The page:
Fr. Stavros N. Akrotirianakis is the Proistamenos of St. John Greek Orthodox Church in Tampa, FL. Fr. contributes the Prayer Team Ministry, a daily reflection, which began in February 2015, has produced two books, “Let All Creation Rejoice: Reflections on Advent, the Nativity and Epiphany” and “The Road Back to Christ: Reflections on Lent, Holy Week and the Resurrection.”
Listen Now. We will now be including the daily reading of Epistle and Gospel with The Prayer Team.
Feastday Epistle and Gospels
In those days Mary arose and went with haste into the hill country, to a city of Judah, and she entered the house of Zechariah and greeted Elizabeth. And when Elizabeth heard the greeting of Mary, the babe leaped in her womb; and Elizabeth was filled with the Holy Spirit and she exclaimed with a loud cry, “Blessed are you among women, and blessed is the fruit of your womb! And why is this granted me, that the mother of my Lord should come to me? For behold, when the voice of your greeting came to my ears, the babe in my womb leaped for joy. And blessed is she who believed that there would be a fulfilment of what was spoken to her from the Lord.” And Mary said, “My soul magnifies the Lord, and my spirit rejoices in God my Savior, for he has regarded the low estate of his handmaiden. For behold, henceforth all generations will call me blessed; for he who is mighty has done great things for me, and holy is his name. And Mary remained with her about three months, and returned to her home. Luke 1: 39-49, 56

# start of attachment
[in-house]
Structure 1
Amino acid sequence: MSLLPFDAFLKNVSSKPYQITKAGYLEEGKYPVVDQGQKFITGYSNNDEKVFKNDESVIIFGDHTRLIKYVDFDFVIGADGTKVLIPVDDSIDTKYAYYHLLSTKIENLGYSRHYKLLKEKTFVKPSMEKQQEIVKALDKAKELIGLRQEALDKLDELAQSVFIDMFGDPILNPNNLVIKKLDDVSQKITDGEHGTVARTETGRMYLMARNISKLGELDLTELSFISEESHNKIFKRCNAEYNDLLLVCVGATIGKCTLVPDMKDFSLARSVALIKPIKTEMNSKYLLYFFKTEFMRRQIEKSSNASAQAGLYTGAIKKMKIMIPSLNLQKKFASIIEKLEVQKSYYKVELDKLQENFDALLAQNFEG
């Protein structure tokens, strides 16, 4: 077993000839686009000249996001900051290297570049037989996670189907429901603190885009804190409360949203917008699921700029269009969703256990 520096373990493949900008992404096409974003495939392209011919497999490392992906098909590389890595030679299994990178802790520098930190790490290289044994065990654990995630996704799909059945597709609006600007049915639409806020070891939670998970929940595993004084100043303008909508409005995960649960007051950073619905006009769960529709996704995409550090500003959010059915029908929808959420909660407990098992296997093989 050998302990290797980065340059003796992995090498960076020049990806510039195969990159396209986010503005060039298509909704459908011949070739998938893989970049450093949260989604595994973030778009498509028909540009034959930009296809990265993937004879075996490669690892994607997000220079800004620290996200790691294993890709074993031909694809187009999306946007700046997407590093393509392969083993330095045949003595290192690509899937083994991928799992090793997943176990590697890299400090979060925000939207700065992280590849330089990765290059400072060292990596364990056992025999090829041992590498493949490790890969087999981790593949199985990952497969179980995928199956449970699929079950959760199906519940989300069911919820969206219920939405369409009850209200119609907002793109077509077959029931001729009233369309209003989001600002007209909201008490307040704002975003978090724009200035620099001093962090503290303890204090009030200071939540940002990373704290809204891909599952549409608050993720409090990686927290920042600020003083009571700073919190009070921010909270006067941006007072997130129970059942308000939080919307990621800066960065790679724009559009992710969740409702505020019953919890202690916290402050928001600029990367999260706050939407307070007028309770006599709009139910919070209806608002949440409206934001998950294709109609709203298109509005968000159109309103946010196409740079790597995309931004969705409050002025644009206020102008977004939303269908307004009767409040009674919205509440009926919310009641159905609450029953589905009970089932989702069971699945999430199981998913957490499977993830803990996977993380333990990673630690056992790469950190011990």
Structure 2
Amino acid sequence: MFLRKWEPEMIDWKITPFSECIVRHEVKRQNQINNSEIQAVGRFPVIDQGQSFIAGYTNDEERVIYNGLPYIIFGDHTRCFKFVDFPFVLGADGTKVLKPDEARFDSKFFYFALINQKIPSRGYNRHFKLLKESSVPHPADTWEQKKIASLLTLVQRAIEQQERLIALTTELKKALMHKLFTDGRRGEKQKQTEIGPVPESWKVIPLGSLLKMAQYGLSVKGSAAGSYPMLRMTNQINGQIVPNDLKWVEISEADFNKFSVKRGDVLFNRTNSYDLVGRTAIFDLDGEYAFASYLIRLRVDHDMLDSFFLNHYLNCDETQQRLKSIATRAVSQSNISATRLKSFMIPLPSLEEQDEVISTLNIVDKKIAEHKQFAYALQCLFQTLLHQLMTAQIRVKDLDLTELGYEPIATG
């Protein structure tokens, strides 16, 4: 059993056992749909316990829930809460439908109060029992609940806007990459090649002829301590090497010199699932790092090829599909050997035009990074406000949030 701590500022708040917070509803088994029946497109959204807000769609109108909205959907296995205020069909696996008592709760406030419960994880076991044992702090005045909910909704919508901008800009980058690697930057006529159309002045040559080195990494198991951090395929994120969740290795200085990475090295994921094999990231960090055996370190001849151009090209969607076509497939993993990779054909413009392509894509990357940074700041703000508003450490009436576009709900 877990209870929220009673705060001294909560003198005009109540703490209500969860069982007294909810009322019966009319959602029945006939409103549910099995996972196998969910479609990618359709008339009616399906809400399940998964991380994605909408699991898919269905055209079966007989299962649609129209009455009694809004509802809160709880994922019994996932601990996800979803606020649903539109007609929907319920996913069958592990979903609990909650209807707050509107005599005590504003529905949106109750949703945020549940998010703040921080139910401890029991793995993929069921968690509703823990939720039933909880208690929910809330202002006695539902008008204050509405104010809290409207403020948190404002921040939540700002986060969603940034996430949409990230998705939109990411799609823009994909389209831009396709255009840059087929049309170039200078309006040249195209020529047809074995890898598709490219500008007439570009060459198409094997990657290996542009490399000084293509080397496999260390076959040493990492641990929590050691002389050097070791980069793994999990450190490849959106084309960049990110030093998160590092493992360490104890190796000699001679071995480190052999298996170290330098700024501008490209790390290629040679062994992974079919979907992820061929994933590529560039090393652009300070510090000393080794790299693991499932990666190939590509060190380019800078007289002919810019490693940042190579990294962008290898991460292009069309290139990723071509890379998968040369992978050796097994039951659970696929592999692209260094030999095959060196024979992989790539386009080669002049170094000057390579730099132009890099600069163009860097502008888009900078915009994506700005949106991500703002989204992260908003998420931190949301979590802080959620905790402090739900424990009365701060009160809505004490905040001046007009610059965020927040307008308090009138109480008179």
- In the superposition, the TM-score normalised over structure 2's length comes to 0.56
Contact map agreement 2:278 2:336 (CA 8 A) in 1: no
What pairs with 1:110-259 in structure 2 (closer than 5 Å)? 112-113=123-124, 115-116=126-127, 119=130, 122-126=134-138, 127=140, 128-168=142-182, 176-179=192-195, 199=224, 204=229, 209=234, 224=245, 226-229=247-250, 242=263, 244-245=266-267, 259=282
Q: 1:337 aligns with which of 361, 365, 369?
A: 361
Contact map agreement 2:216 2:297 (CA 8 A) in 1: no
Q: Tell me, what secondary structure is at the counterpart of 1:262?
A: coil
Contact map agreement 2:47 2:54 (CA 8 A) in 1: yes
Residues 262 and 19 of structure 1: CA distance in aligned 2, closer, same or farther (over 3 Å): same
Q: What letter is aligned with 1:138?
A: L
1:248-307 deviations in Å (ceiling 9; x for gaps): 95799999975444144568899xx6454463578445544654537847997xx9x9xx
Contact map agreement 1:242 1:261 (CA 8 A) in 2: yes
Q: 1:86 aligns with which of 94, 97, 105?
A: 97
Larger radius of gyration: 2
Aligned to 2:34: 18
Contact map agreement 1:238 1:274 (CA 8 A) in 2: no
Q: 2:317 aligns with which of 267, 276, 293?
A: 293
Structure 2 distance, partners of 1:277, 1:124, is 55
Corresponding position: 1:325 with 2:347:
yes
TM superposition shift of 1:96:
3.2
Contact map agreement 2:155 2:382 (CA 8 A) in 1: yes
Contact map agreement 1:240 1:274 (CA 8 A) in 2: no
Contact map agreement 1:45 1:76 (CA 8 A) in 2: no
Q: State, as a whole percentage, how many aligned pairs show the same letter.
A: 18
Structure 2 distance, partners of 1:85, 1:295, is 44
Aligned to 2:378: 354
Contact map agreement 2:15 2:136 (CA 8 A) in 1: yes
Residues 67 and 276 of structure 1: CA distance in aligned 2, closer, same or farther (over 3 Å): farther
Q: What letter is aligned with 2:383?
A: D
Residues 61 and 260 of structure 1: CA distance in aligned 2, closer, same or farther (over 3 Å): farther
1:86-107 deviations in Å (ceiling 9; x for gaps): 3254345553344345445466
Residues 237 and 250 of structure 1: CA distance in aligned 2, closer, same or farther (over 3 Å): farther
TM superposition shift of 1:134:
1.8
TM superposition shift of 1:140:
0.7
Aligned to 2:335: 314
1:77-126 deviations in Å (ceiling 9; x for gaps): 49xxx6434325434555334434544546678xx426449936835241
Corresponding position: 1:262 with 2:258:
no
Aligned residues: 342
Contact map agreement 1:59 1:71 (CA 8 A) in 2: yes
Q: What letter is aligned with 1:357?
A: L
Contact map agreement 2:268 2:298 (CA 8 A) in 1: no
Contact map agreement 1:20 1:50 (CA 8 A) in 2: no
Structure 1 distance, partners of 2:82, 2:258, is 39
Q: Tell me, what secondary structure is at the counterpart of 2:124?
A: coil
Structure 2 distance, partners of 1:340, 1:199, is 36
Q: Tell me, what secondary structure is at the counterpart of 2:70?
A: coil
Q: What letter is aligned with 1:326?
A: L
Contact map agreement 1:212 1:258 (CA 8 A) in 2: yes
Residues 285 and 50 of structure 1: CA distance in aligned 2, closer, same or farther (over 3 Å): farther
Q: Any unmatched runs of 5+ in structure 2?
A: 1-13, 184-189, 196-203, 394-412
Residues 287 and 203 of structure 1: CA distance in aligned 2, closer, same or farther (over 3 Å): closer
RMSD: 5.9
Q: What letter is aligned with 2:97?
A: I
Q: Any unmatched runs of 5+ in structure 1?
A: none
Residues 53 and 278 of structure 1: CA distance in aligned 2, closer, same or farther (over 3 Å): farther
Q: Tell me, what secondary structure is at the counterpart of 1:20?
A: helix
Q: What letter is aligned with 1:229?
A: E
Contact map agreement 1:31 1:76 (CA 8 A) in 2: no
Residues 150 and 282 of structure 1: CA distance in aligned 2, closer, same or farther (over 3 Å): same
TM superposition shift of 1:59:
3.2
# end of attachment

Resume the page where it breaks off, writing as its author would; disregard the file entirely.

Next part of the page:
Good morning Prayer Team!
Throughout the first fourteen days of August, most Orthodox Churches are celebrating the service of Paraklesis. This is a service of supplication to the Virgin Mary. Why her? Why not supplicate Christ directly? There are a few reasons. First, she knows Christ better than we do. So, in asking for her intercessions, we are asking her to go to Christ on our behalf. We are asking Christ to answer our prayers but we are using her as an intercessor. Let’s say that I want a favor from an older man in our parish, who I don’t know well. And let’s say that I am good friends with the man’s son. I could go to the son and ask him to approach his father with my request. The father is ultimately going to grant the request (or not) but I am asking the son to intercede on my behalf.
Secondly, the Virgin Mary is the mother of all Christians. When we were growing up, and we were sad, or hurt or sick, the first person we went to was our mother. We wanted our mother to comfort us. It’s not that we didn’t want to go to our father, but it was our mothers who we went to for comfort. In times of sorrow and distress, the Church has provided this service for us, to run to our mother for comfort.